Surgeon likes to be part of the ‘before’ and ‘after’

Dr. T. William Evans

“I enjoy seeing my ‘after’ patients,” says T. William Evans, associate professor of oral and maxillofacial surgery. “It makes me very proud to be able to make someone look better and younger.” Photo: Joshua Clark


T. William Evans does between 300 and 400 facial aesthetic surgery procedures every year.

“Procedures, not patients — most patients have more than one,” he says, for example, an endoscopic browlift, a facelift, a necklift and a chin implant.

“I enjoy seeing my ‘after’ patients,” said Evans, associate professor of oral and maxillofacial surgery. “It makes me very proud to be able to make someone look better and younger.”

His patients range from age 6 to about 80. Many of the youngest come to Evans for an otoplasty. Which is? Grinning, he illustrates by grabbing each ear between thumb and forefinger and pulling. In other words, the ears stick out. Twenty percent of his patients are men, and 20 percent are from California.

“Some are actors and actresses,” he said. “Most are patients who previously had facial aesthetic surgery in California and are unhappy with the results.”

Evans has limited his practice to facial aesthetic surgery since 1987. He says he was the first surgeon in the United States to perform a bilateral sagittal osteotomy of the mandible, and possibly the first to perform a total maxillary osteotomy to shorten a long face.

In 1997 he was among 26 oral and maxillofacial surgeons accepted into the fellowship of the American College of Surgeons since its inception in 1913.

Most of Evans’ career has been spent in Columbus, Ohio. He joined the UIC faculty in 2012 and drives here twice a month, arriving Wednesday and returning Saturday. But he’s getting busier at UIC and foresees the possibility of being here full time.

He came to UIC because “I love to teach,” he said, and he’s also on the faculty at Ohio State University and the University of Michigan.

Evans is writing a textbook, Maxillofacial and Facial Aesthetic Surgery, but he lectures internationally “and that has kind of taken away from the book,” he said. “I probably will put it together some day.”

He grew up in Youngstown, Ohio. His father was a football and track coach at Massillon (Ohio) High School and the University of Akron, and Evans won all-city and all-state honors in both sports in high school.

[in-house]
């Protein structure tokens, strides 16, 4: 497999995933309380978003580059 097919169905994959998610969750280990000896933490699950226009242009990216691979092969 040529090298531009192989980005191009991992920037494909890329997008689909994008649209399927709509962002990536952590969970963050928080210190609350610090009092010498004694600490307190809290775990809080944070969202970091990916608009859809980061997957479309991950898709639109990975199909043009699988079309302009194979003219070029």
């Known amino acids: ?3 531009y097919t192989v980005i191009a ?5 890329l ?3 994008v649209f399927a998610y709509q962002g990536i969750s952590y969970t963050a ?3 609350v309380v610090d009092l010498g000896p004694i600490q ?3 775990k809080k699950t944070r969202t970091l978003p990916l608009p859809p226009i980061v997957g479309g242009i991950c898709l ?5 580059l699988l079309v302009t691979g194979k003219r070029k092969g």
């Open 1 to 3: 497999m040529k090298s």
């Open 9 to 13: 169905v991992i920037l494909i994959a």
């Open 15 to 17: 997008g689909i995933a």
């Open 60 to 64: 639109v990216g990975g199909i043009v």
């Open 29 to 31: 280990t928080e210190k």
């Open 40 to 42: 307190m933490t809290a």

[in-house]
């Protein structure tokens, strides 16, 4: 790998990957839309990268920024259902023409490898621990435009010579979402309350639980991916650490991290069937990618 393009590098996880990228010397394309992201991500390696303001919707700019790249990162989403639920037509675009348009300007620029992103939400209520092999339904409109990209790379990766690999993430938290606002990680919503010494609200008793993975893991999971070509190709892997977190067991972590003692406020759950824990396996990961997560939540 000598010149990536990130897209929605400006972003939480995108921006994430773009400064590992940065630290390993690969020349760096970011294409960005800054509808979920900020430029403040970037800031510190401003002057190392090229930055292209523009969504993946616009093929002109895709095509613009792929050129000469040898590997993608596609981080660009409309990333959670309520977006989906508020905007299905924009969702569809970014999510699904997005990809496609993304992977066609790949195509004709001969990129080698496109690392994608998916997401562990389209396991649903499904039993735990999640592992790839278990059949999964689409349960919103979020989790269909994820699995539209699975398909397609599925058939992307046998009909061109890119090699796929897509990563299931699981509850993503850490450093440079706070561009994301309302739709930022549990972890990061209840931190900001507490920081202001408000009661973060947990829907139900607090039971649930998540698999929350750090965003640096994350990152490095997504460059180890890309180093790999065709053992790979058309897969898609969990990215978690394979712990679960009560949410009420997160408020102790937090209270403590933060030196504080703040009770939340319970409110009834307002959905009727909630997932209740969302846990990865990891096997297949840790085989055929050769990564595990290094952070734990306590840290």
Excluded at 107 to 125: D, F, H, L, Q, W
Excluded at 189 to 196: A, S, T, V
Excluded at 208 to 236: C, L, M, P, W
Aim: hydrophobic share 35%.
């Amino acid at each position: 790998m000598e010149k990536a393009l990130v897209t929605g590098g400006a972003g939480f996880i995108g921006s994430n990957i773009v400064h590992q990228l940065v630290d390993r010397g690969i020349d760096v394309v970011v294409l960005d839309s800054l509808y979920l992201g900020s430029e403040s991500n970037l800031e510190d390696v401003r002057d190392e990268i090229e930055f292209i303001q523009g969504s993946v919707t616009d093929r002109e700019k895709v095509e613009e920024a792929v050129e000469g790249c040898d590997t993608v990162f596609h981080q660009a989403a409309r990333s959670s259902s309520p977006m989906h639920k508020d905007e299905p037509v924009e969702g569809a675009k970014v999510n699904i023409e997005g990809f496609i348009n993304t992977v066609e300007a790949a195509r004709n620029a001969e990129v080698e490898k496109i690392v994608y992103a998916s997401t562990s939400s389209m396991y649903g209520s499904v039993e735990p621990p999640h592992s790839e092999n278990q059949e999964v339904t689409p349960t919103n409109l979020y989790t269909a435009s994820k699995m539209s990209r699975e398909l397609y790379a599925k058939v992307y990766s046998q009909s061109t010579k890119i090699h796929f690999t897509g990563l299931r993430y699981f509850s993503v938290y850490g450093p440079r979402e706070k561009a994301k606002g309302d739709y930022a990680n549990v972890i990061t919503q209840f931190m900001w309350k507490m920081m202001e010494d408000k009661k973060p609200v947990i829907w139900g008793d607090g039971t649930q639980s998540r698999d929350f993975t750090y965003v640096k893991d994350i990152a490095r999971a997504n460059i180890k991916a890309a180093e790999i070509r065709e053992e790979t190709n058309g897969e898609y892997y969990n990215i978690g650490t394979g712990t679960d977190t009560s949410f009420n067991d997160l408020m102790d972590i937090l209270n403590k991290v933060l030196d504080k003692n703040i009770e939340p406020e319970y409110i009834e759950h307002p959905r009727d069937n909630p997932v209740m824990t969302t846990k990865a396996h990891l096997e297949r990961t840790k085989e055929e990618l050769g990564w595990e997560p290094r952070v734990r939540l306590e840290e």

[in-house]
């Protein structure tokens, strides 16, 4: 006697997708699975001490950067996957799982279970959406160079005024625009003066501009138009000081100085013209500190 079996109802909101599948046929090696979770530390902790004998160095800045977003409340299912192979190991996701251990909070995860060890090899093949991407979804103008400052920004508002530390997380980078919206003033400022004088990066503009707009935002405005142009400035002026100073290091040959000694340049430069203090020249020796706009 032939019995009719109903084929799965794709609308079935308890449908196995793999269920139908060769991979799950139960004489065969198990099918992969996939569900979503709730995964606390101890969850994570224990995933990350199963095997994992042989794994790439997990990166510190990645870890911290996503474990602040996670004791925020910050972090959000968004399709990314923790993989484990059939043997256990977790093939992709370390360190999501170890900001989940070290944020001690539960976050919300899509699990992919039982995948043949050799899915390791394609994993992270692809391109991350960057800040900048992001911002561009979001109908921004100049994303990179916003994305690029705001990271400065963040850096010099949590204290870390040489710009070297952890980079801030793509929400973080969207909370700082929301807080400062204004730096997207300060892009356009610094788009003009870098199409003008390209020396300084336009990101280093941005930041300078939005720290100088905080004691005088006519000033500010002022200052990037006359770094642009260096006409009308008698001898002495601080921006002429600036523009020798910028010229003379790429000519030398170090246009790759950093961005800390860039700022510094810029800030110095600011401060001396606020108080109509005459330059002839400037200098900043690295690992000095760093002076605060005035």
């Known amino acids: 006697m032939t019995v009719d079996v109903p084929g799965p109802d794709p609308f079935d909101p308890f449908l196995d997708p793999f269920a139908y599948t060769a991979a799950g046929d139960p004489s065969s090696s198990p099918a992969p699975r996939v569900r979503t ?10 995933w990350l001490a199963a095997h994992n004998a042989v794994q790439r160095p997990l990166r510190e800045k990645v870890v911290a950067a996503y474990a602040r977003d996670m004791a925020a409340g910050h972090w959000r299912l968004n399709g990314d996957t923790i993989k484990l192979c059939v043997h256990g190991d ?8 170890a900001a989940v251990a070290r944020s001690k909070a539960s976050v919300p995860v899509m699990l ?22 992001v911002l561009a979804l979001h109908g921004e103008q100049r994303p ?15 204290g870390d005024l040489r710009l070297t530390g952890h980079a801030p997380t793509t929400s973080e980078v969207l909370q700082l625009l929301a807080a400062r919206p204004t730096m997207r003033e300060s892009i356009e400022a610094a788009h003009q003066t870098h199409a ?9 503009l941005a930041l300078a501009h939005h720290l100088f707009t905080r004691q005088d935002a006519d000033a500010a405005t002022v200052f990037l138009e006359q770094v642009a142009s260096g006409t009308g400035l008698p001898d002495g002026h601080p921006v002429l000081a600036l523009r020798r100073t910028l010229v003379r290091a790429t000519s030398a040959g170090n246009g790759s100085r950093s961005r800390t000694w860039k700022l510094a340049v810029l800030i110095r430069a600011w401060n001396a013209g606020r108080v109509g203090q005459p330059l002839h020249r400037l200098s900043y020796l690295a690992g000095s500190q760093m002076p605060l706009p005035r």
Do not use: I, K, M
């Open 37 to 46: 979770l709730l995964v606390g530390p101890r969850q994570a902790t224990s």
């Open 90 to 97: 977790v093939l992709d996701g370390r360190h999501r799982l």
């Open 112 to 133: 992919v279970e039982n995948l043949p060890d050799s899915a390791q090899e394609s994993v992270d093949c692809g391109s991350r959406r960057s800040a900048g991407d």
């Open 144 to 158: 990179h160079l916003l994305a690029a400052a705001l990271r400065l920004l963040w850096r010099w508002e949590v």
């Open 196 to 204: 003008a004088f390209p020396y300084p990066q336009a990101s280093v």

He graduated from the College of Wooster, in Ohio, with honors in chemistry, then attended dental school at Ohio State, earning his degree summa cum laude. Next came a residency in oral and maxillofacial surgery at Ohio State University Hospital, followed by an M.D. at Ohio State. He has a Phi Beta Kappa key.

Evans founded Emergency Medical Associates Inc., one of the first organized private emergency physician groups in the United States. He was its president for 25 years and practiced emergency medicine concurrent with his surgery practice for 10 years. He was founding president of the Ohio chapter of the American College of Emergency Physicians.

He met his wife, Ruth, in surgery at Ohio State University Hospital when she was an operating room nurse and he was a resident in anesthesia. She became his surgical instrument nurse and continued in that capacity until 1998.

Their son, Erik, served a one-year facial aesthetic surgery fellowship and is currently a full-time academic surgeon at the University of Cincinnati. Their daughter, Erin Hawkins, is her father’s office manager in Columbus and handles his appointments at UIC.

Evans is a private pilot with 2,500 hours of flying. He used to breed, raise and race horses. “At one time I had 74 thoroughbreds,” he said. “I had a farm and we raced all over the country.

“It took me 10 years to get out of the business. I wanted to simplify my life; it took a lot of my time.”

He was once an avid skier who plied slopes for 30 days a year all over the world. But seven years ago he had a hip replaced, and the second hip came two years later.

“I was a very aggressive skier,” Evans said. “I couldn’t casually ski, so I gave it up.”


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Faculty, Patient Care